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In the play Hamlet, Shakespeare, the author, creates female characters that occupy very different roles than in his other plays. In this play, Hamlet plays opposite two women who are used by the men around them in order to further their own interests. One woman is named Ophelia. In many of Shakespeare's other plays, he creates women that are very strong and play a very real role in the life of the protagonist. In Hamlet, however, Ophelia occupies a very different role-- she exemplifies a pawn of the men around her. She is used not only by her father and his associate the King, but also by her supposed lover, Hamlet. This is a very different role for a woman in a Shakespearian play. Also, Hamlet's mother, Gertrude, also plays a very frivolous role in the novel. Hamlet continually criticizes her incestuous liaison with his uncle, her brother-in-law, and uses her connections with his uncle in order to further his plan to have revenge on his uncle. In other Shakespearian plays, the male characters usually have respect for the women that they are associated with; in Hamlet, however, Shakespeare chooses to instead portray women more realistically. At the time when this play was written, it was very common for women to be used merely as pawns for either their fathers, brothers, husbands, or lovers. This shows Shakespeare's deviation in this play from his characteristic style of writing-it questions that very style in which his other plays were written.
Ophelia, as the protagonist's love interest, generally occupy a role in which the main character would be openly obsessed with her. In Hamlet, rather the opposite is true. Ophelia's character is very obviously in love with Hamlet; however, her father and brother counsel her to stay away from Hamlet and scorn his advances. This in itself is an example of the way in which the men in her life will try to criticize Ophelia and use her feelings to their advantage. Ophelia's father, Polonius, wishes to keep his family's honor intact, and fears that Ophelia's open regard for Hamlet will diminish his honor. Both Polonius and Laertes, Ophelia's brother, believe that Ophelia's preference for Hamlet will only end in disgrace for their family, as Hamlet would never marry her due to her lower social standing; therefore, they counsel her to break off any understanding with Hamlet. As a woman, Ophelia realizes her duty to her father and her brother, and therefore decides to disregard her own feelings about Hamlet and do as her father and brother wish.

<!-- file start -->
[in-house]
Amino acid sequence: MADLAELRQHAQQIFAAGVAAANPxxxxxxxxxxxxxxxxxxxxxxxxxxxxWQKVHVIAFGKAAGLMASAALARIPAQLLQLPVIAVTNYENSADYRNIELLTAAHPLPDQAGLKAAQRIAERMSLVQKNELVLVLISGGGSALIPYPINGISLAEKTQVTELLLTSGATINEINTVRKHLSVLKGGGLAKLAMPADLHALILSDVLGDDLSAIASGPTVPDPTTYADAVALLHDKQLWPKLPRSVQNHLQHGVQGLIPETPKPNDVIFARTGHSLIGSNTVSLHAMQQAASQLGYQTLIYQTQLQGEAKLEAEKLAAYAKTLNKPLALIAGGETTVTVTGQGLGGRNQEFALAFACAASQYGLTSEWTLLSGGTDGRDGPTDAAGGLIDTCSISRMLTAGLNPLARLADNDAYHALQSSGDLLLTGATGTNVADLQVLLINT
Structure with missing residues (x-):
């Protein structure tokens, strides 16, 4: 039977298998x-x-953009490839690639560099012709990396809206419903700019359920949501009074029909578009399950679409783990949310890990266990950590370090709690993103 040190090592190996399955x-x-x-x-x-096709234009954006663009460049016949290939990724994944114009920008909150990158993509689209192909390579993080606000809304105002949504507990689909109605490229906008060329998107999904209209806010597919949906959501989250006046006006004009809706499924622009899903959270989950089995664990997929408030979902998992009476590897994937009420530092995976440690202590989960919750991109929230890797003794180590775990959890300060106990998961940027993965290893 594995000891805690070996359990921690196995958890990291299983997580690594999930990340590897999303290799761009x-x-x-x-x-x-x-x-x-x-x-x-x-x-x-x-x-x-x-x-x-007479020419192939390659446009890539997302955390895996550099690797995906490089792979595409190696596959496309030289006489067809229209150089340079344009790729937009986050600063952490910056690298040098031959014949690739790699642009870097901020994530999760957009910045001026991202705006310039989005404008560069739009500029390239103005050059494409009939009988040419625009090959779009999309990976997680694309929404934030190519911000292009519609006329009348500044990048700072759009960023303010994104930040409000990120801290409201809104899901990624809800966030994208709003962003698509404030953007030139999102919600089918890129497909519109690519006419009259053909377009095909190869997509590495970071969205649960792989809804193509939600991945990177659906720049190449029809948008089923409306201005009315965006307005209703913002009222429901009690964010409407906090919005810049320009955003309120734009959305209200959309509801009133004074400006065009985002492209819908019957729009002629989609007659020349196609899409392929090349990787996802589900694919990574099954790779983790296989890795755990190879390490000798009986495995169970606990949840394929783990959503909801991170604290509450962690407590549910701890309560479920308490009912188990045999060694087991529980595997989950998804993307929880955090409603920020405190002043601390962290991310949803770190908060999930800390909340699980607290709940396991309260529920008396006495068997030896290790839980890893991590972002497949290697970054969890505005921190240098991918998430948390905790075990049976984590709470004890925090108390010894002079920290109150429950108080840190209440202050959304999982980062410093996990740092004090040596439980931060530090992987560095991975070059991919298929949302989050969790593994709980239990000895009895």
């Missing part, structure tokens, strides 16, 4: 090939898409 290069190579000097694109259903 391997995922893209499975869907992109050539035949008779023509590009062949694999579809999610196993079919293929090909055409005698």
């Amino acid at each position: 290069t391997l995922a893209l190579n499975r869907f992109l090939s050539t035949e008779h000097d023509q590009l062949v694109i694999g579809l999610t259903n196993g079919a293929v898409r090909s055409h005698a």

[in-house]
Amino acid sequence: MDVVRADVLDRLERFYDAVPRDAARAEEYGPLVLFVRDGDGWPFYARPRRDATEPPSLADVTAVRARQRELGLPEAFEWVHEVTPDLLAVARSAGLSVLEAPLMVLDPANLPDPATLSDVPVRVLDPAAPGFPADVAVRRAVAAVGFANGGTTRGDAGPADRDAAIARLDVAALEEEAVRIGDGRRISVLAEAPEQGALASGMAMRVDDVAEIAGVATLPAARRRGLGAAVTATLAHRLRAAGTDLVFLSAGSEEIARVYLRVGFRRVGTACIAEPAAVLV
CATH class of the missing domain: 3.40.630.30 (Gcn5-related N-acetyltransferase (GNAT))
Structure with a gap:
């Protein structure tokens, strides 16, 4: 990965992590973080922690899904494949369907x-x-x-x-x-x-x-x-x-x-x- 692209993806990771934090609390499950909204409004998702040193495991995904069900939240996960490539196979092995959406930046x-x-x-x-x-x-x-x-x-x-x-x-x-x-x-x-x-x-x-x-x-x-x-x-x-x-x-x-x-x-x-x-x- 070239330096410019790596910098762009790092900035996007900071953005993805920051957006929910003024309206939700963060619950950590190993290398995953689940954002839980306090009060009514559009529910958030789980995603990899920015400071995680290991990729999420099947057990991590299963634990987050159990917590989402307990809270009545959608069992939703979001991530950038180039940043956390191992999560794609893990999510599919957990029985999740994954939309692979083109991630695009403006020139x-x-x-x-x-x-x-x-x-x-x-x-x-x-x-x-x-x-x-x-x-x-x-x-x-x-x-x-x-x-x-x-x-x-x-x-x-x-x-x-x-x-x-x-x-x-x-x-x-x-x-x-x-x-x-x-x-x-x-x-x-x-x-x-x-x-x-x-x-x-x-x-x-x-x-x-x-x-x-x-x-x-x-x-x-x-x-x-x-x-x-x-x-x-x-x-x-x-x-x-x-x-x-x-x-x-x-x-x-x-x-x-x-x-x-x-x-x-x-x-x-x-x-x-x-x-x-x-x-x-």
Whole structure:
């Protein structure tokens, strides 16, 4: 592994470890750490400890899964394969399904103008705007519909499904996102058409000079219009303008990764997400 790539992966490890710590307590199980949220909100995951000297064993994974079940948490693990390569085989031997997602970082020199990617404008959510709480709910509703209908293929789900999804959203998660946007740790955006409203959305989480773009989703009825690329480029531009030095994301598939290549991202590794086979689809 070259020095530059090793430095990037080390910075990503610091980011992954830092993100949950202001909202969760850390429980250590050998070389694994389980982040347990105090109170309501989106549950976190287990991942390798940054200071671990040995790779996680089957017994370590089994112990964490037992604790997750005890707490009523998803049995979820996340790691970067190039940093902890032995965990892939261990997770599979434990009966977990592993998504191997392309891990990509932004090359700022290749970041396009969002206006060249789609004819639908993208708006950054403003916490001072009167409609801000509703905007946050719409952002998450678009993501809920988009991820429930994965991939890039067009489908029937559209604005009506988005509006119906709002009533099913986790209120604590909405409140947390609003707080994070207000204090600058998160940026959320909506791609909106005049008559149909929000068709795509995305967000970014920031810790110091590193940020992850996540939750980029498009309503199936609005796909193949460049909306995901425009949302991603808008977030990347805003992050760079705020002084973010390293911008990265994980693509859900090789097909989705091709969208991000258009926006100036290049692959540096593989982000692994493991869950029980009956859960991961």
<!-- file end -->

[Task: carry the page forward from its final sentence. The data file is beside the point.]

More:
Hamlet also uses Ophelia as a pawn, perhaps more than her family. Hamlet uses the court's knowledge of his relationship with Ophelia in order to draw attention away from his real purpose of killing his uncle. In Act III, Scene I(2002), Ophelia approaches Hamlet in order to return his letters and other pledges of affection for her, according to her father's wishes. Hamlet appears to be very distraught, and accuses Ophelia of lying to him and being prostituted by her family. This outburst, however, is used solely to camouflage his real purpose: to have revenge of Claudius, his uncle, for killing his father. Hamlet is aware that Polonius and Claudius are watching this encounter between him and Ophelia, and uses the situation to his benefit- he can pretend to be heartbroken by Ophelia's supposed disregard for his affection, but in reality can use this as an excuse to act as if he were crazy. Hamlet completely abuses Ophelia's love for him, selfishly using her part in his life as only a cover-up for his real intent- that is, to deceive Claudius enough so as to make him comfortable with the situation. Hamlet's ultimate plan is to attract Claudius into a false sense of security, in order to kill him to avenge his father's death. He thinks that this supposed lover's quarrel will lead Claudius to think that he is crazy, and therefore not to be feared. In this scene, Hamlet completely disregards Ophelia's feelings for him, and uses her to his benefit. He accuses her of whoring herself to her family; however, he uses her in the same way that she is used by her family.